Ground Fault Circuit Interrupters
The Ground Fault Circuit Interrupter (GFCI) was developed to help save people from getting shocked. The easiest way to think of a GFCI is to remember that a normal circuit breaker protects property, while a GFCI protects people.
When a short or ground fault occurs, the GFCI detects it. Any variation indicates some of the current is going where it's not supposed to go and is creating a shock hazard. When this occurs, the GFCI trips in one-fortieth of a second -- a short enough period of time so that most healthy people aren't injured.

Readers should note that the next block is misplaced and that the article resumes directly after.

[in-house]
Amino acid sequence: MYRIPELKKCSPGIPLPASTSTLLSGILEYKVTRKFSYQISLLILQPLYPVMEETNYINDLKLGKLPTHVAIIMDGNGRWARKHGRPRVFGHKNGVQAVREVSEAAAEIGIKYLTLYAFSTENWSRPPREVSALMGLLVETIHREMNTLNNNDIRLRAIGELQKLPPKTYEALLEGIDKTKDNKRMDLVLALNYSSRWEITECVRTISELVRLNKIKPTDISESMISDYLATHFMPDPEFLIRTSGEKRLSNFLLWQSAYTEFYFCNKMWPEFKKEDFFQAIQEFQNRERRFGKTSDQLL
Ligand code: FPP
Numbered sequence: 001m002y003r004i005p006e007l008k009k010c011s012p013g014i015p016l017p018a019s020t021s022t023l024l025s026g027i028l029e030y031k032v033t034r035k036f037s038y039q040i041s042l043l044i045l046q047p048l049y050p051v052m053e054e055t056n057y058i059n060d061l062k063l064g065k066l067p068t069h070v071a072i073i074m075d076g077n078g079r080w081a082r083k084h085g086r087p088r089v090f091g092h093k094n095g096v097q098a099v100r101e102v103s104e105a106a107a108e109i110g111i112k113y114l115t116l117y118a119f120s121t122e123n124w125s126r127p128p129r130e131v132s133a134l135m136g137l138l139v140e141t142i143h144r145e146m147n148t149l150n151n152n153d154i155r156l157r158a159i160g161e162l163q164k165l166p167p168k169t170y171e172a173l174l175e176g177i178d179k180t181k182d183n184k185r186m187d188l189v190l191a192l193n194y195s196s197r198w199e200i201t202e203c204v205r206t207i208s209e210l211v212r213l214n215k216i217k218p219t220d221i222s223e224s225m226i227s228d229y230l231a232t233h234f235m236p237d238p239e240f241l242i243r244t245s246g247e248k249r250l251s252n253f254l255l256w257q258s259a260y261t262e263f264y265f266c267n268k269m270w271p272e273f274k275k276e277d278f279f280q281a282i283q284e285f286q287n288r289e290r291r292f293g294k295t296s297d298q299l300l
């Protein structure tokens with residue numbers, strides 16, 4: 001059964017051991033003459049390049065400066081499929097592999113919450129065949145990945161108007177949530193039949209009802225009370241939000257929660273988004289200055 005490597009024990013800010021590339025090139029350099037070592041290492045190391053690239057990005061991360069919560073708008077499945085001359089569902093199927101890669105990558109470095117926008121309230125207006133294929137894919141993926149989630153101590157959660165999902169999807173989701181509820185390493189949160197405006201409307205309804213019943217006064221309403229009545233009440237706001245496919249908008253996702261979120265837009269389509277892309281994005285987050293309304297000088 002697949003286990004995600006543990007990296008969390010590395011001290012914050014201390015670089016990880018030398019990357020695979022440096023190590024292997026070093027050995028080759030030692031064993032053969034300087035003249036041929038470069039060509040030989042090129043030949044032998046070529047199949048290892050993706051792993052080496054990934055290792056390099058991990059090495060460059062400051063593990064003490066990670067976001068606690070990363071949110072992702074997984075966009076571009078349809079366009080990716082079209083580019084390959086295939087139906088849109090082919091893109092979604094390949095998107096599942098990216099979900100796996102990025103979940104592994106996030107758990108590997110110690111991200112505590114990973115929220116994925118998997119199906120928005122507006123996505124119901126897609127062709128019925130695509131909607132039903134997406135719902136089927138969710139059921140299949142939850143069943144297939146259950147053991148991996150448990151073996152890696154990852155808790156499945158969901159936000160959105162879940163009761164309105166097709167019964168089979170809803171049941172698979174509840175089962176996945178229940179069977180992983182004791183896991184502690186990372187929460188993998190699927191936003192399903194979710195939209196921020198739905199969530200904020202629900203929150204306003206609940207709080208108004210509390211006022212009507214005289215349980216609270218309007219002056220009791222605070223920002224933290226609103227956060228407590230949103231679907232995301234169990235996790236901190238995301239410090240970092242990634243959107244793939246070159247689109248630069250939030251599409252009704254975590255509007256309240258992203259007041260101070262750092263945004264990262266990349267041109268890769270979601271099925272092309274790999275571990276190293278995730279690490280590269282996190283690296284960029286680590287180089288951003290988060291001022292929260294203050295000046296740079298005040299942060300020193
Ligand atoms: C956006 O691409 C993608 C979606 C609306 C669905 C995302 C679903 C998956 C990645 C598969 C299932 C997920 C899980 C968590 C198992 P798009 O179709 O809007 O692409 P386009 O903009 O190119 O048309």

GFCIs should be installed at all receptacles within 4 feet of a sink, at all exterior and garage receptacles, and at all electric fixtures over showers and tubs.
All GFCI receptacles have test buttons. You should test each GFCI receptacle in your home at least once a month. If the test doesn't trip the breaker, replace the GFCI immediately.